Microservices is a trending topic among software engineers today, why is this? In this post, I’ll endeavour to take the mystery and explain things in plain English so you can build genuinely modular, business agile IT systems with Microservices architectural style.

The goal of microservices is to increase the velocity of application releases, by decomposing the application into small autonomous services that can be deployed independently. 

Microservices Architecture

Microservices architecture consists of collections of light-weight, loosely-coupled services. Each service implements a single business capability. Ideally, these services should be cohesive enough to develop, test, release, deploy, scale, integrate, and maintain independence.

Formal Definition Microservice architectural style is an approach to developing a single application as a suite of small services, each running in its process and communicating with lightweight mechanisms, often an HTTP resource API. These services are built around business capabilities and independently deployable by fully automated deployment machinery. There is a bare minimum of centralized management of these services, which may be written in different programming languages and use different data storage technologies.”-  James Lewis and Martin Fowler

Defining Characteristics of Microservices

  • Each service is a light-weight, independent, and loosely-coupled business unit.
  • Each service has its own codebase, managed and developed by a small team (mostly in an agile environment).
  • Each service is responsible for a single part of the functionality (business capability) and does it well.
  • Each service can pick the best technology stack for its use cases (no need to stick into one framework throughout the entire application).
  • Each service has its own DevOp plan (test, release, deploy, scale, integrate, and maintain independently).
  • Each service is deployed in a self-contained environment.
  • Services communicate with each other by using well-defined APIs (smart endpoints) and simple protocols like REST over HTTP (dumb pipes).
  • Each service is responsible for persisting its own data and keeping external state (Only if multiple services consume the same data, such situations are handled in a common data layer).

Benefits of Microservices

Microservice is made to scale large systems. They are great enablers for continuous integration and delivery too.

The Scale Cube: 3-Dimensional Model for Scalability (Image: Nginx Blog)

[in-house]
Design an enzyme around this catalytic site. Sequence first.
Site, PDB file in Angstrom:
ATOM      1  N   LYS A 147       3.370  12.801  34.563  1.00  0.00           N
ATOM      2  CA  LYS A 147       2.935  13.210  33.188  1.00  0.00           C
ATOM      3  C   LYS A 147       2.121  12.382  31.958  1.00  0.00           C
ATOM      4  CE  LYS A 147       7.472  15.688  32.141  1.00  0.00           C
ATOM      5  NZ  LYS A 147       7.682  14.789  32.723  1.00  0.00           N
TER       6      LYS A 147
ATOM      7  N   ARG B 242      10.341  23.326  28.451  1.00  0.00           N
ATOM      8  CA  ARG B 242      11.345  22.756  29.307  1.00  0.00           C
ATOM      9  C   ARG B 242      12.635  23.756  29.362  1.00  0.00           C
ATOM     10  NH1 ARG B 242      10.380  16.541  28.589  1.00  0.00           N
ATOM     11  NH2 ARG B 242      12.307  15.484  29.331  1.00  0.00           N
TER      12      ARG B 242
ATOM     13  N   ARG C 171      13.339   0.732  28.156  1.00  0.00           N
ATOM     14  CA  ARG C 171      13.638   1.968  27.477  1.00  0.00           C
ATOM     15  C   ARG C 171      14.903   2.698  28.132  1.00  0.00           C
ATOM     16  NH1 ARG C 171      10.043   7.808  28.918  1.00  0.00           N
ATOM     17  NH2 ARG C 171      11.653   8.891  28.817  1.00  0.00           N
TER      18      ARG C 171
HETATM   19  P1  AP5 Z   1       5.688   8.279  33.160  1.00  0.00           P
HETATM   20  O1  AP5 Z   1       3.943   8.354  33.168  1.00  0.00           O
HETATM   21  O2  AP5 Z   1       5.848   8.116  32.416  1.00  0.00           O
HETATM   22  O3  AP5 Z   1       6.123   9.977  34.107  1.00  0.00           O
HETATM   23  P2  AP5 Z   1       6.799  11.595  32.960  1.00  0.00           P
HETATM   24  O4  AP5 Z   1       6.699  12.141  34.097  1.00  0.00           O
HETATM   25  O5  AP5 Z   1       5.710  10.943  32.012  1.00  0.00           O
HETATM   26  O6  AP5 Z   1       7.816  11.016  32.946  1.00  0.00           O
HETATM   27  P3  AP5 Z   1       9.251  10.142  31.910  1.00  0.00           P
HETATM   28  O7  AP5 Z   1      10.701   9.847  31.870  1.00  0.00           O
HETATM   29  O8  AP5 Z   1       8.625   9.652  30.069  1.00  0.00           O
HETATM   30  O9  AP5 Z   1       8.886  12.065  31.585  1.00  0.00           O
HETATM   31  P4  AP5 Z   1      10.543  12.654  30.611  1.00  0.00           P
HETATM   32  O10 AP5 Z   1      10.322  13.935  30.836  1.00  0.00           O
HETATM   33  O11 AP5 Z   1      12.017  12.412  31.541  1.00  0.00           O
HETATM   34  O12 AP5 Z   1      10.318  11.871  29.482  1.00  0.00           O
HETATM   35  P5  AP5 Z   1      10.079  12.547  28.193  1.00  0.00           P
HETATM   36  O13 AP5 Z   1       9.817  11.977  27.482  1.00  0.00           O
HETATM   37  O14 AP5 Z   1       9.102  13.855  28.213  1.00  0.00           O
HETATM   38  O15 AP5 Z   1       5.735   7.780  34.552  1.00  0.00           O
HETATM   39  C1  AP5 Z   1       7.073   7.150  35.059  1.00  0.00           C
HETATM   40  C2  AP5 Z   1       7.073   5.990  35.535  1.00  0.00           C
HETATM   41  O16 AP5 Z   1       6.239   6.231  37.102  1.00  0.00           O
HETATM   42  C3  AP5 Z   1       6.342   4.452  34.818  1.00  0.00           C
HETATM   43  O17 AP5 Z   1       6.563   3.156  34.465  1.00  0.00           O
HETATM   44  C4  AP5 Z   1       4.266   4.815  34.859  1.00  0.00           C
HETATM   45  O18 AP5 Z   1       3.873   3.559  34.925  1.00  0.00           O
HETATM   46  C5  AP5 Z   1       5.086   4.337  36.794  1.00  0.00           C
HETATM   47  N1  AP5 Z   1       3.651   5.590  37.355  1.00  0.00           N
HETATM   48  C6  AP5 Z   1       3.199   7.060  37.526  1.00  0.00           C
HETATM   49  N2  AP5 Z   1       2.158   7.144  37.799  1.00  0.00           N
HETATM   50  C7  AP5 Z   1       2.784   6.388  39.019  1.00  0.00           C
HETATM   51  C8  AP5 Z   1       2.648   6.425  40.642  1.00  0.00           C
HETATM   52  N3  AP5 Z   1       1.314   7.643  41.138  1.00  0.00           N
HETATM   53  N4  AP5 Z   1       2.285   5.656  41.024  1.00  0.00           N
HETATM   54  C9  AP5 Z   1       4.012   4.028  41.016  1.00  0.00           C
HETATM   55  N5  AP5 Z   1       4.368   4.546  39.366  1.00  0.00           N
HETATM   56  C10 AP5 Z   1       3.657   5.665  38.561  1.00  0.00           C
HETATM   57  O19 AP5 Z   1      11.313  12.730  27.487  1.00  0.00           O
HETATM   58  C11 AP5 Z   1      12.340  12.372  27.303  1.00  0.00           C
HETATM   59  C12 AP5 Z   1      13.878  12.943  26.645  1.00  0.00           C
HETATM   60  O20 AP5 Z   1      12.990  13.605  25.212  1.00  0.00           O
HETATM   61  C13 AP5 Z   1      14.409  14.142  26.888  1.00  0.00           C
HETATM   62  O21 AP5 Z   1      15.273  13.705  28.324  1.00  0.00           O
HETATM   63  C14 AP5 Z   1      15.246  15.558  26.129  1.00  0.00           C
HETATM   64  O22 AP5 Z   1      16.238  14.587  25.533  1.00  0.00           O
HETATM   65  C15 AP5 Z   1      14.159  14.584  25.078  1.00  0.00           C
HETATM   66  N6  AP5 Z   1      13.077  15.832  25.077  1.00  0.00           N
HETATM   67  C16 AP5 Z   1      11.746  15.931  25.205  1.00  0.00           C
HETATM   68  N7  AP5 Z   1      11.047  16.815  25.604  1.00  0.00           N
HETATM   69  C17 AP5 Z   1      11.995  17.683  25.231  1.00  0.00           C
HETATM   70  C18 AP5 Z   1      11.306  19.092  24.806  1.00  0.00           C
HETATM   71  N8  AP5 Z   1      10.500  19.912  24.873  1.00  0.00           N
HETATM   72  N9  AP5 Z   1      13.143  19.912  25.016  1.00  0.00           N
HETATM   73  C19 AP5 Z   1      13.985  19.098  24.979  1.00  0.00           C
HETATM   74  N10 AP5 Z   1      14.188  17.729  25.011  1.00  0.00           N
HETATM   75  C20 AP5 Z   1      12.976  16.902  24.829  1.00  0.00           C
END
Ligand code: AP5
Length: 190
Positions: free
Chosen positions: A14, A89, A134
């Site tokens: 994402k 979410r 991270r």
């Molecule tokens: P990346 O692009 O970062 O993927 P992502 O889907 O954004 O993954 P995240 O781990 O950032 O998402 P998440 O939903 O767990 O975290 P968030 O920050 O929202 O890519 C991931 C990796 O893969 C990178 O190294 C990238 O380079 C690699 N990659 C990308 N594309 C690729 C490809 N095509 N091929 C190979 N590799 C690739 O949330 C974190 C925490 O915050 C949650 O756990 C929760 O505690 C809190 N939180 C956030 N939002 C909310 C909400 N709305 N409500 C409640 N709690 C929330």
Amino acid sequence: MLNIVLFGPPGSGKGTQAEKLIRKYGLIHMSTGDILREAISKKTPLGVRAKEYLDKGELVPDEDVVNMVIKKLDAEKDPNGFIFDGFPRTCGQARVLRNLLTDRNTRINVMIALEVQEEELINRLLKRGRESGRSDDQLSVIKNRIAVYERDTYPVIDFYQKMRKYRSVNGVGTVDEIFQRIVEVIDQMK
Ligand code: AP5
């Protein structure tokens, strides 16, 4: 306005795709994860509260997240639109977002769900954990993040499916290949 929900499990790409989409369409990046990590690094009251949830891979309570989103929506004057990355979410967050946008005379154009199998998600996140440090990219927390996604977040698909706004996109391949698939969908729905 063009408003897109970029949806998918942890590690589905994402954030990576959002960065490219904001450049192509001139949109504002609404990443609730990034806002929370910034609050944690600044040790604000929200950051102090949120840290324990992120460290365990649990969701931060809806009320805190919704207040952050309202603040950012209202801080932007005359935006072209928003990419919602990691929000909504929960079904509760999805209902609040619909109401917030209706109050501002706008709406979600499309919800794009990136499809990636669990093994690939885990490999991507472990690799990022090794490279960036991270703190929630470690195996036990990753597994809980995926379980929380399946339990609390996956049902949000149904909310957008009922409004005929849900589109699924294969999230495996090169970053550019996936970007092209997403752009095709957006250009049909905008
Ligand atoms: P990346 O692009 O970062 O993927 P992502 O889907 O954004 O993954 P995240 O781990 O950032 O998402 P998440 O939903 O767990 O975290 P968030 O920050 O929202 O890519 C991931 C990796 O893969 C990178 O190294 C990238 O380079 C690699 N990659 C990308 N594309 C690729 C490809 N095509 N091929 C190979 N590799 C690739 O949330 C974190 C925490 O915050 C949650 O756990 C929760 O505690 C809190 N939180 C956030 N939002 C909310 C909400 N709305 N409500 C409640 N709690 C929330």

Independent scaling — Microservices architecture supports Scale Cube concept described in the excellent book The Art of Scalability. When developing microservices to achieve functional decomposition, the application automatically scales via the Y-axis. When the consumption is high, microservices can scale via the X-axis by cloning with more CPU and memory. For distributing data across multiple machines, large databases can be separated (sharding) into smaller, faster, more easily managed parts enabling Z-axis scaling.

  • Independent releases and deployments — Bug fixes and feature releases are more manageable and less risky, with microservices. You can update a service without redeploying the entire application, and roll back or roll forward an update if something goes wrong.
  • Independent development — Each service has its codebase, which is developed, tested, and deployed by a small, focused team. Developers can focus on one service and relatively-small scope only. This results in enhanced productivity, project velocity, continuous innovation, and quality at source.
  • Graceful degradation — If a service goes down, its impact won’t propagate to the rest of the application and result in a catastrophic failure of the system, allowing a certain degree of anti-fragility to manifest.
  • Decentralized governance — Developers are free to pick the technology stacks and make design standards and implementation decisions that are best suited for their service. Teams do not have to get penalized due to past technology decisions.

Operational Concerns

Independent services alone cannot form a system. For the real success of microservices architecture, significant investments are required to handle cross-system concerns like:

  • Service replication — a mechanism by which services can easily scale based upon metadata
  • Service registration and discovery — a mechanism to enables service lookup and finds the endpoint for each service
  • Service monitoring and logging — a mechanism to aggregate logs from different microservices and provide a consistent reporting
  • Resiliency — a mechanism for services to automatically take corrective actions during failures
  • DevOps — a mechanism for handling continuous integration and deployment (CI and CD)
  • API gateway — a mechanism for providing an entry point for clients

Reference Microservices Design Guide